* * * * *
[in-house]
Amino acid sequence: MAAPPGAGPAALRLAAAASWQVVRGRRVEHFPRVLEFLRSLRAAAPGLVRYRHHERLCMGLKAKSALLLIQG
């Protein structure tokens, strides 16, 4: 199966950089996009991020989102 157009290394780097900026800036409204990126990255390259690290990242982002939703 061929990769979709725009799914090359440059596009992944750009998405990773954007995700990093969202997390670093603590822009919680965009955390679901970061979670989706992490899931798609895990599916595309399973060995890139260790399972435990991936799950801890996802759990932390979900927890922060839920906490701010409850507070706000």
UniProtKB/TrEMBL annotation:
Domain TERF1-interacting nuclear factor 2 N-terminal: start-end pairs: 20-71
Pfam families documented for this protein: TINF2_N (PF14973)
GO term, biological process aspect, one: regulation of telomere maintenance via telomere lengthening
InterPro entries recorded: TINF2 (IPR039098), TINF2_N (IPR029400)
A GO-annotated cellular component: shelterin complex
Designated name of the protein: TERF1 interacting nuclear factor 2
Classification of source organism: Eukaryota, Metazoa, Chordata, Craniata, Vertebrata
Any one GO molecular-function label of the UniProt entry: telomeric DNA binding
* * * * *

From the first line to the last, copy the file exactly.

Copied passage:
[in-house]
Amino acid sequence: MAAPPGAGPAALRLAAAASWQVVRGRRVEHFPRVLEFLRSLRAAAPGLVRYRHHERLCMGLKAKSALLLIQG
């Protein structure tokens, strides 16, 4: 199966950089996009991020989102 157009290394780097900026800036409204990126990255390259690290990242982002939703 061929990769979709725009799914090359440059596009992944750009998405990773954007995700990093969202997390670093603590822009919680965009955390679901970061979670989706992490899931798609895990599916595309399973060995890139260790399972435990991936799950801890996802759990932390979900927890922060839920906490701010409850507070706000």
UniProtKB/TrEMBL annotation:
Domain TERF1-interacting nuclear factor 2 N-terminal: start-end pairs: 20-71
Pfam families documented for this protein: TINF2_N (PF14973)
GO term, biological process aspect, one: regulation of telomere maintenance via telomere lengthening
InterPro entries recorded: TINF2 (IPR039098), TINF2_N (IPR029400)
A GO-annotated cellular component: shelterin complex
Designated name of the protein: TERF1 interacting nuclear factor 2
Classification of source organism: Eukaryota, Metazoa, Chordata, Craniata, Vertebrata
Any one GO molecular-function label of the UniProt entry: telomeric DNA binding